2. Many parents hover over the computer with their kids.
  3. Students are reminded  to document their findings in science class.
  4. Parents are feeling anxious these days.
  5. Learning Outcomes are sometimes called goals.
  6. The author guided faculty through the process of going remote.
  7. It is important to note that outcomes are not synonymous to major projects.
  8. By understanding the learning expectations, parents gain a sense of organization
  9. Once you understand what your kid is expected to learn, you’ll be able to better engage them in the learning process.
  10. For many years, educators have used formal assessments as the measure of a student’s success.

 

 Grammar Focus: Structure and Usage

Directions: The following groups of sentences are from the article. One of the sentences in each group contains a grammatical  error.  Identify the sentence (1, 2, or 3 ) from each group that contains the grammatical error.

I

  1. Parents never expected they’d be in grade school again.
  2. Parents are still playing a big role in online education this fall.
  3. Parents hover over an computer with their children.

II

  1. Many teachers are compassionate.
  2. Faculty member are asked to focus on what their students still need to learn.
  3. Parents are advised to  go online and find a copy of their school’s learning plan.

III

  1. Understanding the expected outcomes for your child’s grade can be helpful.
  2. It’s important for parent to engage their kids in the learning process.
  3. It is a good idea for parents to share the list of outcomes for the year with kids.

 

Reading Comprehension: Fill-ins

Directions: Have students read the entire article, have them complete the following sentencestaken from the article. They can use the words and terms from the list provided, or provide their own terms. They are to find the meanings of any new vocabulary.

Understanding the ___outcomes for your child’s ___can be ___in a couple ways. First, it allows you to ___a bit knowing that your school has a ___plan for your child’s___. It also gives you a ___by which to measure your child’s success.By understanding the learning expectations, ___gain a sense of ___and ___over an otherwise uncontrollable situation.

WORD LIST: control, organization, parents, relax, checklist, development, helpful, focused, grade,

 

III. Post Reading Activities

WH-How Questions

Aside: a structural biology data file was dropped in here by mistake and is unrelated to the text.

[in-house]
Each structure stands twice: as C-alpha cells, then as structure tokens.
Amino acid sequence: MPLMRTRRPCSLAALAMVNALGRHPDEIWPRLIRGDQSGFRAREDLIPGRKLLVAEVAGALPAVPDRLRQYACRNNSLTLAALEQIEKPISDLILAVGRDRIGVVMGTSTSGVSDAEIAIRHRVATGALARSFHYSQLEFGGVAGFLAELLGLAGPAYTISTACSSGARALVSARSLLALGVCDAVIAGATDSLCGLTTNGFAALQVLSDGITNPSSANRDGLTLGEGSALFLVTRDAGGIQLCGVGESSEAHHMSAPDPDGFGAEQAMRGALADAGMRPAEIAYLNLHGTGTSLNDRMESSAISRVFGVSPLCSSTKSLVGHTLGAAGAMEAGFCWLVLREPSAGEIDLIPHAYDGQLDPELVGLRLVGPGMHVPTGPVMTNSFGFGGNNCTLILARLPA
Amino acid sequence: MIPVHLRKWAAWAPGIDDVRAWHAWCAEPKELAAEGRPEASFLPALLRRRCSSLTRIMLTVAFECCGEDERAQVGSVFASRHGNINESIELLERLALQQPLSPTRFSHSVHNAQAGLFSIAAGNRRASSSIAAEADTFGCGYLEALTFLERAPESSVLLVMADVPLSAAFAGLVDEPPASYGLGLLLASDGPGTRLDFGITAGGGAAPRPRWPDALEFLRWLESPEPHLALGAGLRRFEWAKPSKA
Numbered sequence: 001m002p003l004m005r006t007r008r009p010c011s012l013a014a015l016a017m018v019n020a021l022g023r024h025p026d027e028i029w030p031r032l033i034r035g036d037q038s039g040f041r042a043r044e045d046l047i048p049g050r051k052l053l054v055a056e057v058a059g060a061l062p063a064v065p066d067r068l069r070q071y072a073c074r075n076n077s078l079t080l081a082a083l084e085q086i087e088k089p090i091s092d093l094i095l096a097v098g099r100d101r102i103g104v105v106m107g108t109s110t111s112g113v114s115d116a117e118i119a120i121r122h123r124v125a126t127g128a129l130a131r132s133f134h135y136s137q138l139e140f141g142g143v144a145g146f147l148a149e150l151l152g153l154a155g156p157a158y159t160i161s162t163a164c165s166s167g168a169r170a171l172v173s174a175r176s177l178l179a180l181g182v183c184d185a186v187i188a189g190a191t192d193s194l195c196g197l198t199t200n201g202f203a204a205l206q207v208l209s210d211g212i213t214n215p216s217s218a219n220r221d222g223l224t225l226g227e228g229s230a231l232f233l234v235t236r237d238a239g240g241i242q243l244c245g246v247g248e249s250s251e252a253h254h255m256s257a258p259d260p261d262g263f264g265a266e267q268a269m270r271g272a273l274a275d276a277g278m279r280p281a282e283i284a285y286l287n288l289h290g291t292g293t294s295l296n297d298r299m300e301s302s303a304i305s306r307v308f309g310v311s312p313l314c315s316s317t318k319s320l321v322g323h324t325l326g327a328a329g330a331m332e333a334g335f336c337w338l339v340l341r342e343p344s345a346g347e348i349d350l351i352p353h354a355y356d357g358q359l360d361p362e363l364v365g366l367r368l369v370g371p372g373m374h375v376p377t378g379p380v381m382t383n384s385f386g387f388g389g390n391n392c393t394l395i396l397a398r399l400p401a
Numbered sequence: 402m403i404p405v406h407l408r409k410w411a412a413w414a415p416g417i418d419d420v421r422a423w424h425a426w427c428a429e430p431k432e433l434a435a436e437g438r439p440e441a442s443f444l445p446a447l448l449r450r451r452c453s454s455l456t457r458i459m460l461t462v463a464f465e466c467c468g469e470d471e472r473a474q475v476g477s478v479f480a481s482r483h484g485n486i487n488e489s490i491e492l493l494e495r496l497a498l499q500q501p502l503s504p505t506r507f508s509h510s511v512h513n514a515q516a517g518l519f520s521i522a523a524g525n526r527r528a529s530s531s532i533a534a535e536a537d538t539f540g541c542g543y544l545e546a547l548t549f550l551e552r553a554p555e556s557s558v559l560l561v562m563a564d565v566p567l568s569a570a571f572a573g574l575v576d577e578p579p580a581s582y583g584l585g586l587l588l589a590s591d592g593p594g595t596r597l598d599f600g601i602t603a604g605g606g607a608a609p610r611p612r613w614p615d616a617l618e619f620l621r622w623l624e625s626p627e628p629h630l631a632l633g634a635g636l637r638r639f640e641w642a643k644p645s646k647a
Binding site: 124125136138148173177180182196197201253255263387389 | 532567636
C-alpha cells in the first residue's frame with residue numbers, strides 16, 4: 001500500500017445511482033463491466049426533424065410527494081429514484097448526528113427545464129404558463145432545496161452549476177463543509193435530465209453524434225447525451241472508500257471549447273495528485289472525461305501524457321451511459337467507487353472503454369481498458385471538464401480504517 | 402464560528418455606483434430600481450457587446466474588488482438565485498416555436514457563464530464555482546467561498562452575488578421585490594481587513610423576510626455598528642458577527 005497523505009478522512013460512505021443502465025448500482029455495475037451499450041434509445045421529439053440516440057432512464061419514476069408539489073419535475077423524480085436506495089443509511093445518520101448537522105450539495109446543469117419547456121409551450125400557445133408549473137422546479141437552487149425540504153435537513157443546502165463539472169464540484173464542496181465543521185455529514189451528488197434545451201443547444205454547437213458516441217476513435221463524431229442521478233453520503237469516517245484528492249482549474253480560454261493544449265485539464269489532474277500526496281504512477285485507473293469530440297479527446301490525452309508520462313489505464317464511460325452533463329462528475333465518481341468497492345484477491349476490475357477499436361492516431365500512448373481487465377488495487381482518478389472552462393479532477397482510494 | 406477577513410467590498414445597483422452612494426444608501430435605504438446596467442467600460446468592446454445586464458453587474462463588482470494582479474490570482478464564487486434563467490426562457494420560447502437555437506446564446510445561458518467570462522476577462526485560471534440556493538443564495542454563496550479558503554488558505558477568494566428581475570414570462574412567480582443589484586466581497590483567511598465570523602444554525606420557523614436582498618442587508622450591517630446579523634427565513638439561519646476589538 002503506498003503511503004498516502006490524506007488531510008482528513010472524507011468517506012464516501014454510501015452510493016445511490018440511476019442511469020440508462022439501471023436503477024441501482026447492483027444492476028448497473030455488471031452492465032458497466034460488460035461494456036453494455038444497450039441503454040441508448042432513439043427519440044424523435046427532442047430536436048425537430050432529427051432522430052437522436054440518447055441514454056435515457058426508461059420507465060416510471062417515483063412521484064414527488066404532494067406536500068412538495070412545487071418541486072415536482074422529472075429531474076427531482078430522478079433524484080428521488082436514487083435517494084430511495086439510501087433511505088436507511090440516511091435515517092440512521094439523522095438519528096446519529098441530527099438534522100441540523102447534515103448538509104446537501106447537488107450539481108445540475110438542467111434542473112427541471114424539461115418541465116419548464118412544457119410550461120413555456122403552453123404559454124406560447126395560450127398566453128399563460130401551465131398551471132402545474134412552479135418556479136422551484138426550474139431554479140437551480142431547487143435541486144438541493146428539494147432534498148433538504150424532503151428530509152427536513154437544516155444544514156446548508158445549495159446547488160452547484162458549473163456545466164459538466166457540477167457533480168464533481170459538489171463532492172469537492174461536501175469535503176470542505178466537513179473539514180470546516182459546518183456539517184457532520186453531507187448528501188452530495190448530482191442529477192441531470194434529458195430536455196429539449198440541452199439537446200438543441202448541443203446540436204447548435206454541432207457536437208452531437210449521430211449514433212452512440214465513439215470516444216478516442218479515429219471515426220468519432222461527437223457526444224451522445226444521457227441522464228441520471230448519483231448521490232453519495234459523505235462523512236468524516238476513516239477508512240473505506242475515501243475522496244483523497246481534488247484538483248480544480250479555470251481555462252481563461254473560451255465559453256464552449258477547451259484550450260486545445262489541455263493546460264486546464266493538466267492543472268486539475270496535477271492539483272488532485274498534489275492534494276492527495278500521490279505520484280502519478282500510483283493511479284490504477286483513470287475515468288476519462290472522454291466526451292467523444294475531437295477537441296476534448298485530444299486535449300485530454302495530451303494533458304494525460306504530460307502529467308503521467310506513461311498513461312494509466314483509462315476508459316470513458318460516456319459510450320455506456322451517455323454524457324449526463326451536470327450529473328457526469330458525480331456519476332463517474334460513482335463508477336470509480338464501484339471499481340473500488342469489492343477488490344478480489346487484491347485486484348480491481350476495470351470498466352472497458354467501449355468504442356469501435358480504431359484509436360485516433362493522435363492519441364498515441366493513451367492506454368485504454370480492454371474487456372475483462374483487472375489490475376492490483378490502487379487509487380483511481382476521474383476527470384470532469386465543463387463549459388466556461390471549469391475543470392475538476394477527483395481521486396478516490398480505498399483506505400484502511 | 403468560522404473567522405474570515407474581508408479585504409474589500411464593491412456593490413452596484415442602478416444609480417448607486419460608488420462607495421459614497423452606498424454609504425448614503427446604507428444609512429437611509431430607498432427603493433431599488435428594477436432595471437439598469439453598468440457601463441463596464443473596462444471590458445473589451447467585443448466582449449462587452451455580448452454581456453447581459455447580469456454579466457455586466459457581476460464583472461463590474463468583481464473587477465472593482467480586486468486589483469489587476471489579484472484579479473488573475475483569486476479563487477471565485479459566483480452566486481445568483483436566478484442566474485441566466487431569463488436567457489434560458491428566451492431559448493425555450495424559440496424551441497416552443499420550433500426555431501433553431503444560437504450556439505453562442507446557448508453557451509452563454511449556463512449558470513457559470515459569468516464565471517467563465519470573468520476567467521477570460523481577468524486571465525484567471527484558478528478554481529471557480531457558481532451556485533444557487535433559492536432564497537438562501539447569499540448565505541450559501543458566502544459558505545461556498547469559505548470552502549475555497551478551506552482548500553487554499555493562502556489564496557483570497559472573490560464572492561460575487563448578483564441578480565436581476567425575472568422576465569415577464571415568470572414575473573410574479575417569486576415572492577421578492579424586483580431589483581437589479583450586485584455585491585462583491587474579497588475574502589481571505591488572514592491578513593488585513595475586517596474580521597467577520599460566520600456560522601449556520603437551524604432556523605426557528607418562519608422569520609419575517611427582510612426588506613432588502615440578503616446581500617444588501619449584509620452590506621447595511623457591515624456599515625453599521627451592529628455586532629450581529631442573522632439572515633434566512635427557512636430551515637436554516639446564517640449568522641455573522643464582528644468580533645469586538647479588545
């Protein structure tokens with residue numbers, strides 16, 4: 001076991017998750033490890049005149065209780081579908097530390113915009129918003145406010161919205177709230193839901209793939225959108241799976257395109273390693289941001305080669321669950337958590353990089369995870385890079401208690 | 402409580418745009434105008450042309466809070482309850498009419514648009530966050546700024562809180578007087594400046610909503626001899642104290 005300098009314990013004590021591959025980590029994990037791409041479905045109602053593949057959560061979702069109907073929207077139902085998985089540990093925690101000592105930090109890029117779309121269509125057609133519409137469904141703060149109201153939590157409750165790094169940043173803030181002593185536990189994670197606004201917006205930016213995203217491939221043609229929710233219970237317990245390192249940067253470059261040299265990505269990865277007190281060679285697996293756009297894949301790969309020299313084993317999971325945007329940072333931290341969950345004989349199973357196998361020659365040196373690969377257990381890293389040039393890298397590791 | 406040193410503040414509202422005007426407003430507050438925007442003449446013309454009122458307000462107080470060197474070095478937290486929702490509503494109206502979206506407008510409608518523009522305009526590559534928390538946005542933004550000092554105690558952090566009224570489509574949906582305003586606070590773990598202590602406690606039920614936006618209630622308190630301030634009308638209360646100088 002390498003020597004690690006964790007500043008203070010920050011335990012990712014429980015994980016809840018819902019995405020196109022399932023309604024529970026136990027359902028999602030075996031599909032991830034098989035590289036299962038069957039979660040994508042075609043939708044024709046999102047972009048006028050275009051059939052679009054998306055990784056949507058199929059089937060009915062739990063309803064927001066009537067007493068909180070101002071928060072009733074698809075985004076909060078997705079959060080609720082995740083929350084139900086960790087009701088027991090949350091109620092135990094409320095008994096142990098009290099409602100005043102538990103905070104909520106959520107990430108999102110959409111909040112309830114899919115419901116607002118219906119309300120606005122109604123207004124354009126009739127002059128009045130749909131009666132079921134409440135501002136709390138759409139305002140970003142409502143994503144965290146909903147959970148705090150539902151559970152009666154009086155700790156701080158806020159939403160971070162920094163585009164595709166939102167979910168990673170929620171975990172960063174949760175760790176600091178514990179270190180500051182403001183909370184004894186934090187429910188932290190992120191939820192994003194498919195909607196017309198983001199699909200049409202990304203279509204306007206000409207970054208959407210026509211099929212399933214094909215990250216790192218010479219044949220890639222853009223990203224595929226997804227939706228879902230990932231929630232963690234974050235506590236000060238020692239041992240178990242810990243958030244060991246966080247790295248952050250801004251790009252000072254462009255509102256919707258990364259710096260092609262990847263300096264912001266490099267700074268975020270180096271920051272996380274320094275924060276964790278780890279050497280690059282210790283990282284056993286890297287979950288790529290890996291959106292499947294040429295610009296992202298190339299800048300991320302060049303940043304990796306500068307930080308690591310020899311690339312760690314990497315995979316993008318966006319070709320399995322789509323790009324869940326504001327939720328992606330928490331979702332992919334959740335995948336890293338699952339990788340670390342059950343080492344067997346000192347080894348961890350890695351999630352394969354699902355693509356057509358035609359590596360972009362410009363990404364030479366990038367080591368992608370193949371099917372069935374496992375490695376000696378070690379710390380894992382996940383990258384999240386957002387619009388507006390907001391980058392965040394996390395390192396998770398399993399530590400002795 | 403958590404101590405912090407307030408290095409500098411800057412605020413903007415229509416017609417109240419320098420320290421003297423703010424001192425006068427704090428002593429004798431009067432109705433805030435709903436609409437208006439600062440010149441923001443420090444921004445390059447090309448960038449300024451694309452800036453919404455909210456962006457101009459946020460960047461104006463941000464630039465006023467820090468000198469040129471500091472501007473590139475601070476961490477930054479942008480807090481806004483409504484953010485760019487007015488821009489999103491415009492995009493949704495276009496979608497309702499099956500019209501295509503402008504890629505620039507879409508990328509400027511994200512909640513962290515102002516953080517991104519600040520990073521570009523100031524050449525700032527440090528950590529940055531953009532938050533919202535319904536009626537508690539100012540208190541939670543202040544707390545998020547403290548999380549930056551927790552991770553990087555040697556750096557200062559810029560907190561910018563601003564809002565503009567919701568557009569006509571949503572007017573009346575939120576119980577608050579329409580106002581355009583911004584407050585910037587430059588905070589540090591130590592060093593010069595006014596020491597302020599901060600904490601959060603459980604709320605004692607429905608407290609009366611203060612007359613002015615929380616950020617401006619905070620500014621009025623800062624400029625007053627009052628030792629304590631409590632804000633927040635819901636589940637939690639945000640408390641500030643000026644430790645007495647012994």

Directions: Have students use the  WH-question format to discuss or to write the main points from the article.

Who or What is the article about?

Where does the action/event take place?

When does the action/event take place?

Why did the action/event occur?

How did the action/event occur?

Discussion Questions for Comprehension /Writing

Directions: Have  students discuss the following questions/statements. Afterwards,  students share their thoughts as a class. To reinforce the ideas, students can write an essay on one of the topics mentioned.

  1. Are you currently in an online learning program? If so, describe your experience so far. If you are a parent describe your child’s online learning program.
  2. Why are parents playing a big role in online education?
  3. According to the article, why are parents feeling anxious about online education?
  4. What is the best way to measure whether a child is learning a subject?
  5. What is another term for “Learning Outcomes”?
  6. What does OBE stand for?
  7. At her school, what did the author ask her faculty to focus on with their students?
  8. According to the article, what should education at all levels focus on?
  9. What is a good way for parents to find out if their kids are “keeping up in their development”?
  10. Why is knowing the expected outcomes for your child grade important?
  11. Why is sharing the expected outcomes with your child a good idea?
  12. The author states, “For centuries, educators have used formal assessments (tests, worksheets and grades) as the key measure of a student’s “success.” But in these challenging times, it’s important to focus less on the formal evaluation of student skills and more on the ability to demonstrate a skill in any way.”  Why is this important?
  13. Describe some  ways  in which a parent can make up the informal assessment periods kids used to spend with their teachers.
  14. Why is it important for parents to focus on the outcomes of a problem and not the way in which the child achieved them?
  15. What does the author suggest parents should do in regards to their child’s teachers?

3-2-1-Writing

Directions: Allow students 5 minutes to write down three new ideas they’ve learned about the topic from the reading,  two things they did not understand in the reading, and one thing they would like to know that the article did not mention. Review the responses as a class.

ANSWER KEY